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CRAZY COMBUSTION

A LOOK AT OLD-TIME WAYS TO LIGHT THE FIRE

Part 1

The Hvid combustion chamber illustrated at the moment of ignition. The pre-combustion chamber, called the fuel cup (A), projected into the combustion chamber. It had an array of oriices with a shallow well just below them. At the top of the fuel cup was an intake valve-actuated fuel valve (B) connecting to the fuel system. On the intake stroke, both the intake and fuel valves were open, letting fuel gravity feed into the fuel cup, aided by a small amount of piston suction. Fuel low was regulated by a tunable metering pin (C). Engine heat helped vaporize the fuel in the cup, and heat of compression ignited the fuel. The pressure and lame front pushed out through the fuel cup oriices, further mixing and igniting the remaining fuel, creating about 680 psi iring pressure and making the power stroke. The exhaust stroke is perfectly normal, and the cycle began anew.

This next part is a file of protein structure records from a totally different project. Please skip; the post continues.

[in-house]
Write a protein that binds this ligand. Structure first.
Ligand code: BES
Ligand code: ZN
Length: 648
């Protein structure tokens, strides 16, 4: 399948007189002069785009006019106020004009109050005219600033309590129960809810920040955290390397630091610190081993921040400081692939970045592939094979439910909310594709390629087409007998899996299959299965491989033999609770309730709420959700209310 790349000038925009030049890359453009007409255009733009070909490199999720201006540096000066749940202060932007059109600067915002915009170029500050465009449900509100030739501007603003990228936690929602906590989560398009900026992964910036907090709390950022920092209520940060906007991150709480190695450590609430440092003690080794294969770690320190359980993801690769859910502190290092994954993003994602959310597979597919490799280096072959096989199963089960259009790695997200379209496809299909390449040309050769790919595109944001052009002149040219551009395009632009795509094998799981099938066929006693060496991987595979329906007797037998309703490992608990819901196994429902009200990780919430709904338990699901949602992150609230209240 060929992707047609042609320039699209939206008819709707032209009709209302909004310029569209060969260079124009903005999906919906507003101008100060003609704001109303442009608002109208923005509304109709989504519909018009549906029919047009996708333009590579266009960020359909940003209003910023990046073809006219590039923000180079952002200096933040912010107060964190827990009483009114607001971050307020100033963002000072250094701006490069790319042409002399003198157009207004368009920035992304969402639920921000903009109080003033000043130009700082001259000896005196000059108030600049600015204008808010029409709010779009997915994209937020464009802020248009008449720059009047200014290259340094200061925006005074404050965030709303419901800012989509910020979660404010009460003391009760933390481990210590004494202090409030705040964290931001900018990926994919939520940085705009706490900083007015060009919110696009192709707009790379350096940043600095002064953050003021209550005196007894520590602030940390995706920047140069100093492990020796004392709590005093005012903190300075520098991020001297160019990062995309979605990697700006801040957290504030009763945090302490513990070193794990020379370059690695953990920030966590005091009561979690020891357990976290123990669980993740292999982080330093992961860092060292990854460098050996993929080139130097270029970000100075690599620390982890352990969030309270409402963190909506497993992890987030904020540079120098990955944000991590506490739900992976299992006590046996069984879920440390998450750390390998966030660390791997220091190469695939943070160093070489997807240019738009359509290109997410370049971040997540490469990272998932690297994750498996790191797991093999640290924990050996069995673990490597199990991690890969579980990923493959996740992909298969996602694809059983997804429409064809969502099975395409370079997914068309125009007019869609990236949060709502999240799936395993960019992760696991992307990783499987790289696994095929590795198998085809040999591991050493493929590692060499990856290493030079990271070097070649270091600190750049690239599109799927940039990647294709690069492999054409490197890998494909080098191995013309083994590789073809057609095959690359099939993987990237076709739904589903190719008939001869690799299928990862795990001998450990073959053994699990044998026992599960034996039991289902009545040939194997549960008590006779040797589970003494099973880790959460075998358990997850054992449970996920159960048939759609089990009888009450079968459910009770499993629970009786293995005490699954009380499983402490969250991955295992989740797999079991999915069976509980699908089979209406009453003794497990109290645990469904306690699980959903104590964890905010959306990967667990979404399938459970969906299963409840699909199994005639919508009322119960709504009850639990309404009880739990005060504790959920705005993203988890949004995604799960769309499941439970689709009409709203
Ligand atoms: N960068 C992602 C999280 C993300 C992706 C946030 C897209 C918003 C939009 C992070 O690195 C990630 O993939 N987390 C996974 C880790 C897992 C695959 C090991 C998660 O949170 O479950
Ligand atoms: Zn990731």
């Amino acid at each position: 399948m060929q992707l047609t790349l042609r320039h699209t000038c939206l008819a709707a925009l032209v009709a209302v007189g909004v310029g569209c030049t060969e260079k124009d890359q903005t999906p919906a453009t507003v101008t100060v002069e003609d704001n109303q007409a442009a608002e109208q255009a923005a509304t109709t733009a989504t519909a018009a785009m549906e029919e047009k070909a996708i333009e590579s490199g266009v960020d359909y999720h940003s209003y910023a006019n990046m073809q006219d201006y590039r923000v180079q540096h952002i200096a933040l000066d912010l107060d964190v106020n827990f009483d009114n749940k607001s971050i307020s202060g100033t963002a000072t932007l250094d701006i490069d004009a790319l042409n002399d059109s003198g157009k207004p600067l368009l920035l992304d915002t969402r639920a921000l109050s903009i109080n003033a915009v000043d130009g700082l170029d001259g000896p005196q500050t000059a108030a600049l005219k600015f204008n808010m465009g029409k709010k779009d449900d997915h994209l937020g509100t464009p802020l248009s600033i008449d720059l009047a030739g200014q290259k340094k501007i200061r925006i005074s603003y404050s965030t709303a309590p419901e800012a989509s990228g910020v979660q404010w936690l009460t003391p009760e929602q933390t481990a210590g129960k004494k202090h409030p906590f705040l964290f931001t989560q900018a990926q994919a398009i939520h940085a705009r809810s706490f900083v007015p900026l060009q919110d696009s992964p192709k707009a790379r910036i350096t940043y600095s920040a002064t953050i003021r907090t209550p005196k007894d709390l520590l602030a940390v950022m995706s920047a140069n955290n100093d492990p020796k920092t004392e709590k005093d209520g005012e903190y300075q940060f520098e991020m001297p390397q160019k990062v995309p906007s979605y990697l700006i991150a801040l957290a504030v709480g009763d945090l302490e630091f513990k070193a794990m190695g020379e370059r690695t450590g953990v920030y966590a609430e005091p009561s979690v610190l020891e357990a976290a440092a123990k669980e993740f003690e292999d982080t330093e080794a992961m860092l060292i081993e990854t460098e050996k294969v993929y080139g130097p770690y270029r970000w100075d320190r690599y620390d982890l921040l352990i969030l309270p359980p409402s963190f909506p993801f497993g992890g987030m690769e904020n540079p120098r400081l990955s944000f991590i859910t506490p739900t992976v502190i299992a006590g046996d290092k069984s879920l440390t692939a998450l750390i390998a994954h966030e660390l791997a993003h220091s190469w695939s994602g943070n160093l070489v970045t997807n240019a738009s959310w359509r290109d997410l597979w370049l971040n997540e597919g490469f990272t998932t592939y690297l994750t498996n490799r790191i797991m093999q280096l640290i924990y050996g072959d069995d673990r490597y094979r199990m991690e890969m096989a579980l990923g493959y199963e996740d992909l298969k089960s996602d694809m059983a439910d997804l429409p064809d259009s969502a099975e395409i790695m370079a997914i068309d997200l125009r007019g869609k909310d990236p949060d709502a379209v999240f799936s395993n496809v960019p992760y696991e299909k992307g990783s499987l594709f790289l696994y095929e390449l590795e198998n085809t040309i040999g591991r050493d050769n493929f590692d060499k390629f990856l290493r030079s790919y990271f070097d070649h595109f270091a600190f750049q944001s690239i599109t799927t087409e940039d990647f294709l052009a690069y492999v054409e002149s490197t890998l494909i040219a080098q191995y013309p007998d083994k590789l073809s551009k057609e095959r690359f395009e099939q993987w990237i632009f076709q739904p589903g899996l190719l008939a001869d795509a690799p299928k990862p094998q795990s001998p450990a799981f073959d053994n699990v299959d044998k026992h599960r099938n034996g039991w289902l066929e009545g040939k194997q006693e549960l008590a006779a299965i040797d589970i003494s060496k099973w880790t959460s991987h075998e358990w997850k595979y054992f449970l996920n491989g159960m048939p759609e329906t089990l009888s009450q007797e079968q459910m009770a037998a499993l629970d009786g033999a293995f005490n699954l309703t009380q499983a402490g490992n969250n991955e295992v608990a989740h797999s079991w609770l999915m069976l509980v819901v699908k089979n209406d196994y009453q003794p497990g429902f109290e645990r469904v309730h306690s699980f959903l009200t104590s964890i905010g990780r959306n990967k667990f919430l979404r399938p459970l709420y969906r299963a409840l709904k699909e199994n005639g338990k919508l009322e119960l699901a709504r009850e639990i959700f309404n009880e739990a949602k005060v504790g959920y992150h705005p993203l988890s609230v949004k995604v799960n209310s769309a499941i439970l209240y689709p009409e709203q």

The Cummins Engine Company was one of the Hvid licensees. Clessie Cummins put blood, sweat and tears into making them better. Cummins built and sold Hvid engines under its own name, including vertical marine engines, but most of its production went to Sears, Roebuck & Company, which sold them under the Thermoil name. This is a 1920 Cummins/Hvid with a 5-inch bore and a 7-inch stroke, making 6 hp at 540 rpm. Approximately 100 to 125 like it were made. All of the Cummins-built Thermoils for Sears were smaller—1½ and 3 hp— engines.
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Diesel World June 2019, OUR BEST ISSUE YET, Triple Turbo : It's the Perfect Truck, Save Yourself $15K, CP4 Failures Explained, Vintage Diesel With Spark Plugs, And More....